Wednesday, August 1, 2012

With change comes objections

Flipping your classroom is a daunting task. It is not easy, takes a big time investment from the teacher up front, and requires patience when it is being implemented for the first time. You may encounter resistance from students, parents, administrators and your peer teachers.  You will experience technical difficulties - both your own and your students. Kids will not magically start doing their homework, nor will they all become fluent language speakers.

So, with all the issues, why would anyone bother flipping their class? The answer for me is easy...because the traditional way of teaching was not working for me or my students. I was spending so much time lecturing and "leading" class, that many students could get good grades without truly learning the material. I had other groups of students that could keep their head down and be quiet, make their "C" and also not really learn much. Then of course there was the third group (albeit small) that just ignored me as much as possible and barely made it through class. This was not acceptable to me and I knew I had to find another way. (see earlier posts for my AP story and thematic units.)

Here is my attempt to answer the common objections:
  1. Students won't do the homework. Honestly, this is completely true. Students that continually refuse to do homework in a traditional classroom probably aren't going to do homework in a flipped class. For me, a big difference is that they don't have to do homework. They can plan to watch the videos in class. In fact, I encourage some of my "homework slackers" to do it that way.
  2. I will lose my relationship with my students. From my experience last year, and talking to other teachers that have flipped, the complete opposite is true. Since I am not being a "sage on the stage", I am able to work with students individually and actually have better relationships with them now than I did before the flip. When a student was having a problem with content, or a personal problem, I was able to detect it quickly and help the students work through the issues.
  3. Parents and students will object. Whenever we try new things in the classroom, the one thing we can be sure of is that some parents and students will object. The key is to try to predict the objections and be ready for them. Start the year by explaining the changes you are making and why you are making them. Everyone fears change. Many parents fear change for the sake of change, especially in education. (As a parent myself, I can attest to this!) Make sure you can justify changes that you are making in the classroom BEFORE you make them. Last year, I had only one student at fall conferences who tried to convince her mother that I wasn't teaching and that is why her grade wasn't where it should be. I had many parents tell me how much they loved the lectures via video because it really helped their student.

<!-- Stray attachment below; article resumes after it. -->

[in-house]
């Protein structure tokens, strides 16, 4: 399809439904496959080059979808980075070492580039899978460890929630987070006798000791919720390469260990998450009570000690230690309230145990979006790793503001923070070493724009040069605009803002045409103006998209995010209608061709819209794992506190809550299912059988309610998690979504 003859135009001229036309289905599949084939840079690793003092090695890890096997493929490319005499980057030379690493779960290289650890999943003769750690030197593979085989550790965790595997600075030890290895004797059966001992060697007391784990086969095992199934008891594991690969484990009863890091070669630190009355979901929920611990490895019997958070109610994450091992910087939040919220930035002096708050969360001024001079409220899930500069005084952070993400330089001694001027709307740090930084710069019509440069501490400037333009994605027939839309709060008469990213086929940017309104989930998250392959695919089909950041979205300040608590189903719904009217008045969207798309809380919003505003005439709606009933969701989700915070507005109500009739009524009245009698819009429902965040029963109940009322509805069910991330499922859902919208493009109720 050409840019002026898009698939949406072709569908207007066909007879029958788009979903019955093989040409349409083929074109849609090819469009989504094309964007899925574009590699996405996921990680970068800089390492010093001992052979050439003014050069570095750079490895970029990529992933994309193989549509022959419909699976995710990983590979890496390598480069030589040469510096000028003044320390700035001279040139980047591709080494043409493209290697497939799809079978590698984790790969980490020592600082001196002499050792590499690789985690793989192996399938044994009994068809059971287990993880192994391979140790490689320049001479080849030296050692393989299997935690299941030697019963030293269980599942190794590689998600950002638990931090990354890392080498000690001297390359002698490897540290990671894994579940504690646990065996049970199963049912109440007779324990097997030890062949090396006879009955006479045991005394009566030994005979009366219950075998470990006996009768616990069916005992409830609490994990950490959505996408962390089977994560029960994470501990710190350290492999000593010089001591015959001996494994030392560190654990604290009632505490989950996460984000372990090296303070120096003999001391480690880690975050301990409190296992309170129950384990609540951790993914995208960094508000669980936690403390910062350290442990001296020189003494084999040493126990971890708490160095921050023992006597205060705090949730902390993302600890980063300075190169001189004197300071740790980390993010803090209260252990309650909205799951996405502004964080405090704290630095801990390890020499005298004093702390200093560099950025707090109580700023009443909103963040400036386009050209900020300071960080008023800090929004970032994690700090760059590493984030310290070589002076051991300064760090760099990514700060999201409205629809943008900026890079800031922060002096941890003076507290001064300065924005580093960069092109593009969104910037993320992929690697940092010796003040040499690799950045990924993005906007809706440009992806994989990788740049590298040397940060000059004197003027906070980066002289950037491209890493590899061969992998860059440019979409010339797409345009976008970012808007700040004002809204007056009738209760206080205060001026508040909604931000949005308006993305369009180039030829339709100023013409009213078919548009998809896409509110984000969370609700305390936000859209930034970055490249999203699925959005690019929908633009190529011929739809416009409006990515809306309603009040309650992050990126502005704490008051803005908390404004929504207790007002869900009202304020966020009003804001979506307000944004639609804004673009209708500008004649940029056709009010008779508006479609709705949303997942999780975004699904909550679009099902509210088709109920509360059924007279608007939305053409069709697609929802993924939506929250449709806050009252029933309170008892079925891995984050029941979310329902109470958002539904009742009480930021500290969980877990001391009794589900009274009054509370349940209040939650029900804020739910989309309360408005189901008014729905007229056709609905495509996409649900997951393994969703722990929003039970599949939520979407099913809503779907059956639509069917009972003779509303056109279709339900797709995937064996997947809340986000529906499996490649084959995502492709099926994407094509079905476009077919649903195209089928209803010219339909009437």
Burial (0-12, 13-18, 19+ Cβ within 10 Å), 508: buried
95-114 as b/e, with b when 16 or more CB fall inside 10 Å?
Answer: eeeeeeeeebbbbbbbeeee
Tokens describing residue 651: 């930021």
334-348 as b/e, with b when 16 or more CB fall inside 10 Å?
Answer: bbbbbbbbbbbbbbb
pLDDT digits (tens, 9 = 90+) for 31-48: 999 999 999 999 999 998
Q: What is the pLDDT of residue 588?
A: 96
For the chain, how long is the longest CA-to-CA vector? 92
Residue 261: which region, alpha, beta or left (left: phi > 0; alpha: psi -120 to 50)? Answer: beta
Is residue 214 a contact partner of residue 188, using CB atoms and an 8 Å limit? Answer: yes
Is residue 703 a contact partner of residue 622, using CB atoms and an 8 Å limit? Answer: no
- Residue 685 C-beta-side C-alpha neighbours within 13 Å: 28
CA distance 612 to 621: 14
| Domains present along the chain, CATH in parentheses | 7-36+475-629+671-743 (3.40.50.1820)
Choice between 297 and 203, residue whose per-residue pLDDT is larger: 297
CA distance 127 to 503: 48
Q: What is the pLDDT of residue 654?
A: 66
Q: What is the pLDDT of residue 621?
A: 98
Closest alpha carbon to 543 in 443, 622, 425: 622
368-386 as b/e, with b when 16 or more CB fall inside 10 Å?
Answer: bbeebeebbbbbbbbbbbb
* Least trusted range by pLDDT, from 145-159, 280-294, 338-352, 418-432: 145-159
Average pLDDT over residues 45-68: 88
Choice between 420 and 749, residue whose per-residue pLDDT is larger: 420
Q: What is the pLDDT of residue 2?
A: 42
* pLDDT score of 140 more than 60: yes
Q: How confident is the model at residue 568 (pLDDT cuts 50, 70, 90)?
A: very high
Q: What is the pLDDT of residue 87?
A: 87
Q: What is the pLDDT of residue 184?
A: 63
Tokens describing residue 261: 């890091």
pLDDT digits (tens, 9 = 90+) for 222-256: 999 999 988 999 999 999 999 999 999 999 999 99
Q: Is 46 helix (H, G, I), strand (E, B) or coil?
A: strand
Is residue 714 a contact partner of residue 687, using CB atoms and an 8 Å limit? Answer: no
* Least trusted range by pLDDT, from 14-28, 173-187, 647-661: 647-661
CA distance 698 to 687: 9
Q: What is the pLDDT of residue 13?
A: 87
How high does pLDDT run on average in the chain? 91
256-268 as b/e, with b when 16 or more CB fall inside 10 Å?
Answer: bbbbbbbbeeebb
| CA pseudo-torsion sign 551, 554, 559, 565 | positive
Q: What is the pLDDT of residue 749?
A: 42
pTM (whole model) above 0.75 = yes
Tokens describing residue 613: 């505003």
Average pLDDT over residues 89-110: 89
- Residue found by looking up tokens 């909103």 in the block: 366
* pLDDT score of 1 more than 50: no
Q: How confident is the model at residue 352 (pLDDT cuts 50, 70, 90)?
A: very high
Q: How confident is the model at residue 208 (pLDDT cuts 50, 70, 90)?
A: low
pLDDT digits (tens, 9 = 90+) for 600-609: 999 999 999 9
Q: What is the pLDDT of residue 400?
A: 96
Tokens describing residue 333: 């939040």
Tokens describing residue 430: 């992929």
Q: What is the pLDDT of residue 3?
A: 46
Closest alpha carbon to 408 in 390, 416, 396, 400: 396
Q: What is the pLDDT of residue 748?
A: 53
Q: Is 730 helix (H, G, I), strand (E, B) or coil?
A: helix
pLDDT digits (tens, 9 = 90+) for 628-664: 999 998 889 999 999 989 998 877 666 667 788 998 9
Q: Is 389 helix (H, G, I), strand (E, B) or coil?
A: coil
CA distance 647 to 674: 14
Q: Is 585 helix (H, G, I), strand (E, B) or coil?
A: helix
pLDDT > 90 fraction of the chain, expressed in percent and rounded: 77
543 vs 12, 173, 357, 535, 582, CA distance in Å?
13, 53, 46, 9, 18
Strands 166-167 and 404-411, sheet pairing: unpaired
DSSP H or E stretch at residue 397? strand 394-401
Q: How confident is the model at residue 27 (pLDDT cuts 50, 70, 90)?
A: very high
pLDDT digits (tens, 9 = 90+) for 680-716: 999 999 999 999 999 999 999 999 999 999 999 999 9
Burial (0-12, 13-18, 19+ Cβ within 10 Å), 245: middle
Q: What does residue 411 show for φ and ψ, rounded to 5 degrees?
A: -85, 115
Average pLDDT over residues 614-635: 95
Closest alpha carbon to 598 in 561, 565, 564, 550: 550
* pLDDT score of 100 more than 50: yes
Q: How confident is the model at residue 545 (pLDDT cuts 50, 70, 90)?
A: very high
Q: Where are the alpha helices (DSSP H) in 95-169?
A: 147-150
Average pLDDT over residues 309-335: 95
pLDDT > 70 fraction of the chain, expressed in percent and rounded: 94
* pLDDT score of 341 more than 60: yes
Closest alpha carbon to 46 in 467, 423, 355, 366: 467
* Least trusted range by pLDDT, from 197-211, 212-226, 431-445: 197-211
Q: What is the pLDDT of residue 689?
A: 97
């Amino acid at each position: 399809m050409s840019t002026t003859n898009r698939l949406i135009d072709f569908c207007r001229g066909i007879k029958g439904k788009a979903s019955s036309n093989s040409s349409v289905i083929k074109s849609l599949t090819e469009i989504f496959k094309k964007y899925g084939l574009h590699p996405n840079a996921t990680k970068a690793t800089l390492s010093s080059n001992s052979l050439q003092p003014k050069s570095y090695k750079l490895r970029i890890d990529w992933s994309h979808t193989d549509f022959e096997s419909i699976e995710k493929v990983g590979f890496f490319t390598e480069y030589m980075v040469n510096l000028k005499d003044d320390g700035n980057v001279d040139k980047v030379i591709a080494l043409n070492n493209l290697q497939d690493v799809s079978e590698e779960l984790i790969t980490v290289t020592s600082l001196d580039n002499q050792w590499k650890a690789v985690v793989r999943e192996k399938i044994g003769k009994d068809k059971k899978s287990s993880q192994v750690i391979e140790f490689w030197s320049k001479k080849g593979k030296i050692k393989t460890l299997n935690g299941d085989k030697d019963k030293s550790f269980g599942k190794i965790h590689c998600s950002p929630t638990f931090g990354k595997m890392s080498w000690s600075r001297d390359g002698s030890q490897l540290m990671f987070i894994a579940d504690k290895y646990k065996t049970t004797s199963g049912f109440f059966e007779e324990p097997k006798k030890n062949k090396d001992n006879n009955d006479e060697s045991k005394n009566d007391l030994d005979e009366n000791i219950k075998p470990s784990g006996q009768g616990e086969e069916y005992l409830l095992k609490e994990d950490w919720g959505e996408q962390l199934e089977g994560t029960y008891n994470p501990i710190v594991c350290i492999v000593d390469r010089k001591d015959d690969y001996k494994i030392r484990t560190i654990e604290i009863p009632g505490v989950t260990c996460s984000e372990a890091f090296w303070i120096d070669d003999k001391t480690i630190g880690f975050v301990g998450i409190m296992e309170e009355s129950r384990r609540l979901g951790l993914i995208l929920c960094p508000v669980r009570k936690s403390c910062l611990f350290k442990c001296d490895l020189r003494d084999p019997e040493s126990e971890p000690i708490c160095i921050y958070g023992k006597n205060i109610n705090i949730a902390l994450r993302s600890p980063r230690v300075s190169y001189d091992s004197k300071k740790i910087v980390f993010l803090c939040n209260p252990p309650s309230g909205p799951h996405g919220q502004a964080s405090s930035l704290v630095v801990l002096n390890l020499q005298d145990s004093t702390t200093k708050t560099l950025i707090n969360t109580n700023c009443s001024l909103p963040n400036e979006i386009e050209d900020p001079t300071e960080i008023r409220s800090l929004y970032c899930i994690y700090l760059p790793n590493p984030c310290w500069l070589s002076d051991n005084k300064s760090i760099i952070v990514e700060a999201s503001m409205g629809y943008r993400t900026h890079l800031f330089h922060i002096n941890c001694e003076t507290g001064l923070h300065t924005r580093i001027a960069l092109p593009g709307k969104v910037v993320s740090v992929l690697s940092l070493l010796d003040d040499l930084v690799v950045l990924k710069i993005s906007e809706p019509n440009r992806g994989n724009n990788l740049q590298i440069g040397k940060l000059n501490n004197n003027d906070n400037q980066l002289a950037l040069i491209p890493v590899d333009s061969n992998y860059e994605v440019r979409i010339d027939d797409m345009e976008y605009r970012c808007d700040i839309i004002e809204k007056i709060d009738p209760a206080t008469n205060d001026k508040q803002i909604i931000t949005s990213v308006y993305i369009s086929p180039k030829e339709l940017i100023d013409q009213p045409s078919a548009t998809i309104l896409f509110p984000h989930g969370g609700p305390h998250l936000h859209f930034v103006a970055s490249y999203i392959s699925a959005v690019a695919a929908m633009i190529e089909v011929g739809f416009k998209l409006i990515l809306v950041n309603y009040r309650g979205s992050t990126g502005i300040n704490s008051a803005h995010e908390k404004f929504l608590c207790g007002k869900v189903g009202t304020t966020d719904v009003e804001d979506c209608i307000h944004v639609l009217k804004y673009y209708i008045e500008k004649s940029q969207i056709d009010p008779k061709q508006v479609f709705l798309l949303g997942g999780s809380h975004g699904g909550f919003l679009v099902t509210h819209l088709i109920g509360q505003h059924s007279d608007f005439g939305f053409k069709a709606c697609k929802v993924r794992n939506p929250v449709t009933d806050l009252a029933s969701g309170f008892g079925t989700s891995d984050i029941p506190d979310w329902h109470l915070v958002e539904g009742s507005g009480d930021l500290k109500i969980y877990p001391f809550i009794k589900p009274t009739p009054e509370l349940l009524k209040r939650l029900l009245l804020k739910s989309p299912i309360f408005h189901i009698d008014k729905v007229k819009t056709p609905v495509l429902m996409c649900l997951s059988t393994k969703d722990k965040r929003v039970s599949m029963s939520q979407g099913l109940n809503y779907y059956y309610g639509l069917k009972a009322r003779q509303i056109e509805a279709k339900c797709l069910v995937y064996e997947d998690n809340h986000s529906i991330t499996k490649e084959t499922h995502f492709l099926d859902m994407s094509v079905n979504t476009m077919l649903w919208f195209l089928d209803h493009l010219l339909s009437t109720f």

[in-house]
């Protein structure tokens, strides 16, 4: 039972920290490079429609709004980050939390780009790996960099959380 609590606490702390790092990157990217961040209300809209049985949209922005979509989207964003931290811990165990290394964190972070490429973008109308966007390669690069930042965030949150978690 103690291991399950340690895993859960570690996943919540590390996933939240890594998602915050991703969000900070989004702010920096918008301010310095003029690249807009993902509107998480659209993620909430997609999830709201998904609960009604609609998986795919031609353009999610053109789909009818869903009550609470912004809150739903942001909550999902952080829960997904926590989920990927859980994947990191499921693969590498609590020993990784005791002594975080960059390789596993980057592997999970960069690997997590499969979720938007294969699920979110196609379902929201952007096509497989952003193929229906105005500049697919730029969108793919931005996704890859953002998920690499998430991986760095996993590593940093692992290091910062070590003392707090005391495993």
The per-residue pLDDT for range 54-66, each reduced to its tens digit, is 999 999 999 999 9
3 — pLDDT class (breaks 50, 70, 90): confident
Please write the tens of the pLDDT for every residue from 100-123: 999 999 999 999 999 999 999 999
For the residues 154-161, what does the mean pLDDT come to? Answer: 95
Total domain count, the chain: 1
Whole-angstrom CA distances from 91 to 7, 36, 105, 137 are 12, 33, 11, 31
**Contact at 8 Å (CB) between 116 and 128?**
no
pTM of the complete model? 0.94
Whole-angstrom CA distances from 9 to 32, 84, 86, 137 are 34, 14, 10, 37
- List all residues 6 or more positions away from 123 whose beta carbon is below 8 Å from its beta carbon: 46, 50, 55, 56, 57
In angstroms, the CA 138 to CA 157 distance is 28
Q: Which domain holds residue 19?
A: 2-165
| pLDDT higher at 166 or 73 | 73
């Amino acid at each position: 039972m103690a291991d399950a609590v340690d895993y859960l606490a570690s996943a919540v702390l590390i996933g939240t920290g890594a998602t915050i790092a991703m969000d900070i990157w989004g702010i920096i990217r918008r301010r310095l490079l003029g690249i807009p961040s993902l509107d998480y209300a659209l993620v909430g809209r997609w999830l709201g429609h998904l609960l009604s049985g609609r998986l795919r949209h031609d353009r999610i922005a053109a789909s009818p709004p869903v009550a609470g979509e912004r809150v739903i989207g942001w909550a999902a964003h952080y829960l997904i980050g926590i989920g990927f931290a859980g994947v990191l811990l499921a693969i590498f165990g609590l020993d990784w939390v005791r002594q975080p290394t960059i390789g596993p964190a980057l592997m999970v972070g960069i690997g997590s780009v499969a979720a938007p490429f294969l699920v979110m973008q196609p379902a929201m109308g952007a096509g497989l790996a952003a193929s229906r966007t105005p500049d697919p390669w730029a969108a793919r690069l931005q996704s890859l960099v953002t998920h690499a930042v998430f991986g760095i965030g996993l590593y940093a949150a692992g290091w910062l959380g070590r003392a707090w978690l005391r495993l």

4. Peer teachers aren't supportive. I am so fortunate that in my small school with three other foreign language teachers, I always receive support from my fellow teachers. Although I am the only one flipping, I have never heard any of them be negative about this decision. I know that many other teachers are not so lucky. I believe that it goes back to the fear of change. If our peers have been teaching the same way for years and are comfortable, it is difficult to contemplate changing their methods. I think some teachers fear that if the flipped class works for some teachers that they will be forced to make the change in their classroom if they want to or not.
  5. Putting lectures on videos won't improve learning. Actually, this is something I totally agree with. However, what many people misunderstand about the flipped classroom is that the videos are a small part of the process. What improves learning is what happens in the classroom once the teacher becomes a facilitator and the students take the lead in the learning process. I have been blown away by not only what my students could achieve at the end of last year, but their motivation was even more exciting. So many times, even my good students think of Spanish is something they have to "get through". Last year was the first time I had many students really start to love the language and be excited about class. That to me is the indicator of true success.
My advice to you if you are considering some type of flipped classroom is to be ready for objections, make sure you are making changes for the right reasons, and then to stay the course. Listen to criticism and learn from it. Get support and advice wherever you can find it...if not at your school, then elsewhere in your district or your state. Work on an online PLN and follow other's blogs, Twitter chats and websites. Continue learning, adapting and striving to be the best teacher you can be....that is true success.

Thanks Karla for inspiring this post! Keep commenting!